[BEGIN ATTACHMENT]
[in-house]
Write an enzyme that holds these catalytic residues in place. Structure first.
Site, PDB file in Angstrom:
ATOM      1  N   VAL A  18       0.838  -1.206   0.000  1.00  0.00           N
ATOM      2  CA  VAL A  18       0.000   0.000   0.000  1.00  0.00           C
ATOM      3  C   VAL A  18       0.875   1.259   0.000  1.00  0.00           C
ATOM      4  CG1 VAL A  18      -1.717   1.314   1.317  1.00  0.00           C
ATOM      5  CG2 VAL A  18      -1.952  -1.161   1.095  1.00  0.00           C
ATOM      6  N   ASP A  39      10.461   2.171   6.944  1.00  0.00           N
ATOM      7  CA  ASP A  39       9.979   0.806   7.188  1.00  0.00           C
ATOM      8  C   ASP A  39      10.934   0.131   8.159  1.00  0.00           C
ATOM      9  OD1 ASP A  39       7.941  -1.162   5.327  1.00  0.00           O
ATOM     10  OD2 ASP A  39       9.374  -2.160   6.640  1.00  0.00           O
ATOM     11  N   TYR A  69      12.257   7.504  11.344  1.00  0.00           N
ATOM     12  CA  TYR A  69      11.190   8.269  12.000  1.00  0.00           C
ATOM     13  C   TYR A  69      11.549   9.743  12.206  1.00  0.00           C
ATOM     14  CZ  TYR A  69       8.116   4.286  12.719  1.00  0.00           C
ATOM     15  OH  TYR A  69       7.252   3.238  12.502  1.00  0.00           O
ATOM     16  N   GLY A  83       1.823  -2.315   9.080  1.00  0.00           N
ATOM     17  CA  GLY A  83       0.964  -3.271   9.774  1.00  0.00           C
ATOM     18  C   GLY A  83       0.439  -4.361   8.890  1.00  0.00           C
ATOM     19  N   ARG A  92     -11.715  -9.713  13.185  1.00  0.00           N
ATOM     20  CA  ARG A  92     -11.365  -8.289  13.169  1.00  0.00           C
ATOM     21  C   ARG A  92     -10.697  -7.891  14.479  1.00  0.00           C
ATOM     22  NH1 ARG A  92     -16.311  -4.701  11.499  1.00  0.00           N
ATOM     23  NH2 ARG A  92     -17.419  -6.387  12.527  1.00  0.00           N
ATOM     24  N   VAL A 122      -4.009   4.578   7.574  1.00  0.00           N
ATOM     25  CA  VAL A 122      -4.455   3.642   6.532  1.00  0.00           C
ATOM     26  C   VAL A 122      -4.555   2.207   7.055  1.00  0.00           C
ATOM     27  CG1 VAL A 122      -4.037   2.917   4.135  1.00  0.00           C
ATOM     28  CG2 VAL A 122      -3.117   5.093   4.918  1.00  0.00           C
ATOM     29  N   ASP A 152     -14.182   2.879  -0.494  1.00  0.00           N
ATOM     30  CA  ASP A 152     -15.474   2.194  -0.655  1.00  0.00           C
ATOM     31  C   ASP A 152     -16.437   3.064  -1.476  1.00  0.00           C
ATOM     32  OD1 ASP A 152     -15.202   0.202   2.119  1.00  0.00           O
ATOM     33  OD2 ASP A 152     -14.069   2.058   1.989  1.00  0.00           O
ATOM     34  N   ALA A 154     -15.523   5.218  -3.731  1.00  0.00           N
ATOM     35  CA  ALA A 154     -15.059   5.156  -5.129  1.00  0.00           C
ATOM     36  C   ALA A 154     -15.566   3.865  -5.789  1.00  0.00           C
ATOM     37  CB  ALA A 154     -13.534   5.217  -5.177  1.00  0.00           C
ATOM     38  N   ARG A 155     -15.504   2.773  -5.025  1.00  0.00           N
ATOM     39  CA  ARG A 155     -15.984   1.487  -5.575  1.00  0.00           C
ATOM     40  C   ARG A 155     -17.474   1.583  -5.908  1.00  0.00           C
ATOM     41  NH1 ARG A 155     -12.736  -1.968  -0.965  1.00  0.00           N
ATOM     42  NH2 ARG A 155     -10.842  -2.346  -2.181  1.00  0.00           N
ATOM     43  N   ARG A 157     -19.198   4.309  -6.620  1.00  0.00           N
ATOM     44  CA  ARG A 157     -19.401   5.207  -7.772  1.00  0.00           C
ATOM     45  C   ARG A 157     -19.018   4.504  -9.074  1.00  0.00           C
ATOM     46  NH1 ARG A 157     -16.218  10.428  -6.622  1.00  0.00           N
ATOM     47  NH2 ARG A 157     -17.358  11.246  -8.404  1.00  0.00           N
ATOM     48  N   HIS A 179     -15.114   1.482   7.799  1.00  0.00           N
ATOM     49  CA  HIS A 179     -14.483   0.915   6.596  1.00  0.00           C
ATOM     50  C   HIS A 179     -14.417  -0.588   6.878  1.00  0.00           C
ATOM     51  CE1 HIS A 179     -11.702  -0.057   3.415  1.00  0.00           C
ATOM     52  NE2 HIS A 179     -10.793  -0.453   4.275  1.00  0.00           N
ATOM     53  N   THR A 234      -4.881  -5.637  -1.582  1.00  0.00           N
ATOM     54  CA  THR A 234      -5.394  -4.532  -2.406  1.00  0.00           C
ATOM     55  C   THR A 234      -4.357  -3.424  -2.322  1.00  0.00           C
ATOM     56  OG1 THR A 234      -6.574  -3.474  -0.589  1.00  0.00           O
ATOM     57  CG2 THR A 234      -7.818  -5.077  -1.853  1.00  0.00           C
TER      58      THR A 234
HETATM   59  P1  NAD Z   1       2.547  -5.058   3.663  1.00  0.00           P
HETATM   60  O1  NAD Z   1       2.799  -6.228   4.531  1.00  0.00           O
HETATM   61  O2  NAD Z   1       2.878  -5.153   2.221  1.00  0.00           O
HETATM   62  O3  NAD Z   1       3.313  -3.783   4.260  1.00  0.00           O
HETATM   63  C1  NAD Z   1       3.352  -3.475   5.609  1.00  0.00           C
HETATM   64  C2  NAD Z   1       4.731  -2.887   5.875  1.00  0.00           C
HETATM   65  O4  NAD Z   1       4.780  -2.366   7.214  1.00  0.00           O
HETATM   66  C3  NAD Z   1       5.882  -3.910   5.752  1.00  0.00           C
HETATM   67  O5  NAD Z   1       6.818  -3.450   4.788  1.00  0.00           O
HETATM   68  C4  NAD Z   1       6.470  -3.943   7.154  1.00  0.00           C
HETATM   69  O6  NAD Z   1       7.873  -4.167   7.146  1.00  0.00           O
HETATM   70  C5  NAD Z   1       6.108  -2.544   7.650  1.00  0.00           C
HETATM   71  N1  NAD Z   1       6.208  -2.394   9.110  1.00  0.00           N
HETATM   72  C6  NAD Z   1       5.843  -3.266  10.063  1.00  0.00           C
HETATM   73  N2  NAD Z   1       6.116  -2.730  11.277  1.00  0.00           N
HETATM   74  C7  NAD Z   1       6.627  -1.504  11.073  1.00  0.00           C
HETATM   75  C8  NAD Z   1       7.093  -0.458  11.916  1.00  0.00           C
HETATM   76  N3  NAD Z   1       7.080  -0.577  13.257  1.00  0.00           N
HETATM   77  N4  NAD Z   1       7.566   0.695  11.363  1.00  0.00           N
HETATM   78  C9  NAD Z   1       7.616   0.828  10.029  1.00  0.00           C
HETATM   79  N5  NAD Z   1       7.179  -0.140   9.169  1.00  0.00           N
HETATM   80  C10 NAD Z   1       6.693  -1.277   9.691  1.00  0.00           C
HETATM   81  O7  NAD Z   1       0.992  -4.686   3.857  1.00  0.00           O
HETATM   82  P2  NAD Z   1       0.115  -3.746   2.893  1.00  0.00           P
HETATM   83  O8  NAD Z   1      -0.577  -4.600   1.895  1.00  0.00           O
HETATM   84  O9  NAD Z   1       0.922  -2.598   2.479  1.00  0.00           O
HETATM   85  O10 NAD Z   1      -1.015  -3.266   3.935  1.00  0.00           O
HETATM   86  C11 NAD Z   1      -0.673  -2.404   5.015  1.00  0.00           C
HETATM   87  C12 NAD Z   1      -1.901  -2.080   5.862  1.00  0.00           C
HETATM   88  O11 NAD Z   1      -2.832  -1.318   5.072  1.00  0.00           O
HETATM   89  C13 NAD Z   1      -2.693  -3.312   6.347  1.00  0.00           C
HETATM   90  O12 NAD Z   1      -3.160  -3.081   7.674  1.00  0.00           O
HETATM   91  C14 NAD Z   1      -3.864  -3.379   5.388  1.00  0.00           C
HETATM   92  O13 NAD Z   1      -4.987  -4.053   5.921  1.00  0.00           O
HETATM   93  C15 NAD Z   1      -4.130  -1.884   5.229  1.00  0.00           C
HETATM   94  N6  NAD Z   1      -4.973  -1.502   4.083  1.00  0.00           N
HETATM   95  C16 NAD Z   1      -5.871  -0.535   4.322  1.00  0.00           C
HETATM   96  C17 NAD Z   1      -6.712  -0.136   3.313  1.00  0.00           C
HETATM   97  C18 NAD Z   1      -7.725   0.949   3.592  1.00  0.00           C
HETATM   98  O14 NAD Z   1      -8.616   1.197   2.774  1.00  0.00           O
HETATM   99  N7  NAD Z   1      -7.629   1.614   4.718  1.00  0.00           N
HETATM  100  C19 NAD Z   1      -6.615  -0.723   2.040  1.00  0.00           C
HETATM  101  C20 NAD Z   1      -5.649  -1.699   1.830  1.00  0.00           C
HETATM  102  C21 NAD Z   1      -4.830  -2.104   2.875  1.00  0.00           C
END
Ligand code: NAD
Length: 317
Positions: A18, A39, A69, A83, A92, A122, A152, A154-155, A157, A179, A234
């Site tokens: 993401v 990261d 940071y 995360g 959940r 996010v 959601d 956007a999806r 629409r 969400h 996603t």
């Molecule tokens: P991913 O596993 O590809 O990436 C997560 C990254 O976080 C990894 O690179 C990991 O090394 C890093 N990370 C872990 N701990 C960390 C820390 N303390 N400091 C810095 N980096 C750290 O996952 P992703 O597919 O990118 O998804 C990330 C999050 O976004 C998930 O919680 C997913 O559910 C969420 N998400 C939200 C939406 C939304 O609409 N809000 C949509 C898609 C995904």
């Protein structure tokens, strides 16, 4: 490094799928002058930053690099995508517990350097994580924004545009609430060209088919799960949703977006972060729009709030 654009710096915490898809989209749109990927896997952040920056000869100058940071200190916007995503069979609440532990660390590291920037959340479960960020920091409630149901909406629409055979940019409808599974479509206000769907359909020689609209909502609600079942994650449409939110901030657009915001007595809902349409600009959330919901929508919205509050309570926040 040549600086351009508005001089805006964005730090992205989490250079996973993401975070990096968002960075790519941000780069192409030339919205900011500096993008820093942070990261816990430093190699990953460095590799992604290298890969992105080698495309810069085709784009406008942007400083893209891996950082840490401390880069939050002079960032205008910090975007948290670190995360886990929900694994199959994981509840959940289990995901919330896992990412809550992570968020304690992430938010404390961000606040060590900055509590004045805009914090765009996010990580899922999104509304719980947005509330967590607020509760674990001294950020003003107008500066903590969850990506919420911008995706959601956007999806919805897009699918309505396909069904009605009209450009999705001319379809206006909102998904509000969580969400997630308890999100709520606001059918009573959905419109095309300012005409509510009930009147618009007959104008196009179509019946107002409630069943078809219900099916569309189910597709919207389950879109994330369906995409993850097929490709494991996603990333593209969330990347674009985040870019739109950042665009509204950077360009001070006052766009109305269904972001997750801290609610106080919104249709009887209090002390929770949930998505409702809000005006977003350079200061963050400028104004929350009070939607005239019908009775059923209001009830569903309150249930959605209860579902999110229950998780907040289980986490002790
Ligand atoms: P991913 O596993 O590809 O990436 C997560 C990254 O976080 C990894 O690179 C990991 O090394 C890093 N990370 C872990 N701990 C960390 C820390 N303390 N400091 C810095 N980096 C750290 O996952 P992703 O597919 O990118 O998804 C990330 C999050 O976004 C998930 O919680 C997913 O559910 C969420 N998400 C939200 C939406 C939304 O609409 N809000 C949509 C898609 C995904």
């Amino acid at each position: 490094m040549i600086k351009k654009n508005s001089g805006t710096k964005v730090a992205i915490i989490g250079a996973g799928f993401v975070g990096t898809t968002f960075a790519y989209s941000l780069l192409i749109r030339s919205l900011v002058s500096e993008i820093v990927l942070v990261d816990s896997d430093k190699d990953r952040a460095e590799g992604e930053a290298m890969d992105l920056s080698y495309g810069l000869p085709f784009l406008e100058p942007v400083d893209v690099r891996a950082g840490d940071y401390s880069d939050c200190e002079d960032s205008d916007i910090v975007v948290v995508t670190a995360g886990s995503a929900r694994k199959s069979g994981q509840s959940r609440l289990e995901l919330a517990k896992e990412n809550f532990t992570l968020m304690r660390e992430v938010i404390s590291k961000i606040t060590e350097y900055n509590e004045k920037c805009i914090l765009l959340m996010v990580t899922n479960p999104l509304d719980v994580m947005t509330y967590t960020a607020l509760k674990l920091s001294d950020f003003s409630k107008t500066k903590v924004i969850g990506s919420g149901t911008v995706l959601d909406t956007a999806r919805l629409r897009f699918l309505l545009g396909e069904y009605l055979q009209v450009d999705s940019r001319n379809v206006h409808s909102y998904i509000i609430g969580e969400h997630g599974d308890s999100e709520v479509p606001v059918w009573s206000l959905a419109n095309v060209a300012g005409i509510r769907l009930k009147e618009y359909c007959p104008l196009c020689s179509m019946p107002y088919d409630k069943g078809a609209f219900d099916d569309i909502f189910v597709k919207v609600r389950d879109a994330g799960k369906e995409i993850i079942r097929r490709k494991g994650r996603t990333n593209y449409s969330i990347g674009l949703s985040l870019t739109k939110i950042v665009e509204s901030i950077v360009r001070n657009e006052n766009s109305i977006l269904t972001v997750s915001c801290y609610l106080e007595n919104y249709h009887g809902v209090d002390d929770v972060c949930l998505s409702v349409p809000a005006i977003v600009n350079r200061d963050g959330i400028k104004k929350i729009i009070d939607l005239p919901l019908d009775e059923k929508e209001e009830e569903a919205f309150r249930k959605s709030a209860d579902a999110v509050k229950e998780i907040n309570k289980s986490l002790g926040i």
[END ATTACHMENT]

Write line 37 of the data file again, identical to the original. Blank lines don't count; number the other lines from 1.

ATOM     34  N   ALA A 154     -15.523   5.218  -3.731  1.00  0.00           N